Traditional medtech innovation is getting harder. Previously, companies could just rely on making better devices, with better efficacy and clinical outcomes. Now, however, we’ve reached a point where (a) existing devices are already pretty good and (b) there is a growing focus on cost-effectiveness. This means that a slightly fancier, more expensive device with very slightly better outcomes doesn’t really cut it anymore.
Markets like heart valves, which is undergoing a complete overhaul as physicians adopt transcatheter instead of surgical devices, are few and far between. Instead, most medtech markets feature incremental improvements. Slightly smaller, slightly more ergonomic, slightly better capabilities. Convincing physicians and payers that these new products are worth adopting for a higher price is an uphill battle. Take the stent market, for example. Absorbable stents were meant to be the next big thing in this space, but in reality, it’s tough to make a case to adopt them because existing options are already pretty good. Why bother?
In the capital equipment market, the push for the fanciest technology is particularly obvious. Many companies continue to improve features, which admittedly, has a high “cool” factor. Everything from surgical robots, to cameras and surgical monitors that can show “4K Ultra HD” pictures (whatever that means), to fancier MRI machines, are being developed. But it’s hard to get hospitals to actually fork over the extra cash for these extremely expensive products. It’s a bit easier in the US, where fancy devices in large hospitals can attract patients and physicians, and cost constraints are not so great. It’s a different story in Europe, which is still struggling to untangle itself from its debt crisis, as well as emerging markets like China, India, or Brazil.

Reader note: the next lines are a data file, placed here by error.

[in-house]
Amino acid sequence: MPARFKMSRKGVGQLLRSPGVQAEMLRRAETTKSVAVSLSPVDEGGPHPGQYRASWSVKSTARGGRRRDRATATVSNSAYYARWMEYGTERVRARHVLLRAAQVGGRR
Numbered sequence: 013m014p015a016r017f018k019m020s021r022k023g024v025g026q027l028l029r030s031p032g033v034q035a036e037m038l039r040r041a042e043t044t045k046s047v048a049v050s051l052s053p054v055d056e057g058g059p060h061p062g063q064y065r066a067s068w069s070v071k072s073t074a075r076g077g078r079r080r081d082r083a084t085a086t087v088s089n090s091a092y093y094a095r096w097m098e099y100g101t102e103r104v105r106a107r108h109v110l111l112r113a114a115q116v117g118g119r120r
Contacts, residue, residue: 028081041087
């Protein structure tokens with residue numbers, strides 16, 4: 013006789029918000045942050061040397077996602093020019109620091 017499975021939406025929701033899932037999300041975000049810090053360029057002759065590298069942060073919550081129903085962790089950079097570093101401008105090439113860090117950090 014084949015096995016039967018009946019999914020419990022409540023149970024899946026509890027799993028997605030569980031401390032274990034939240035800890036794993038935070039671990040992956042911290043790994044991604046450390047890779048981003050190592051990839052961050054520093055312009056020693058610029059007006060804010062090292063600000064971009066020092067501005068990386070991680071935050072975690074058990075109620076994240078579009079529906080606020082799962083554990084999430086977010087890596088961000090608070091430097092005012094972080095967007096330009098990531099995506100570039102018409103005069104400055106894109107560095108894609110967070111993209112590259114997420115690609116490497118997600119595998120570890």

Instead, companies are finding that it’s beneficial to offer lower-cost, simpler products aimed at smaller facilities or more budget-conscious facilities. You’ve probably heard of “frugal innovation” before, which refers to developing simple products aimed at the needs of emerging markets. Companies also need to start thinking about this type of innovation at home. The reality is that a small hospital in a rural part of the US or Europe just isn’t going to buy the fanciest MRI machine that exists when more simple, less expensive options are perfectly capable of meeting their needs. These facilities want portable ultrasound systems, integration systems that can connect a basic OR, and improved visualization without having to buy the fanciest surgical camera.
And this is true outside of the capital equipment space too. In the dental implant market, “value” implants are increasingly challenging the traditional, more expensive products. In some cases, companies from China are making inroads in Europe or even the US with their less expensive products.
For big, organic growth, medtech companies are going to have to keep innovating their approach to innovation. The old models just won’t get companies the results that they’re looking for.
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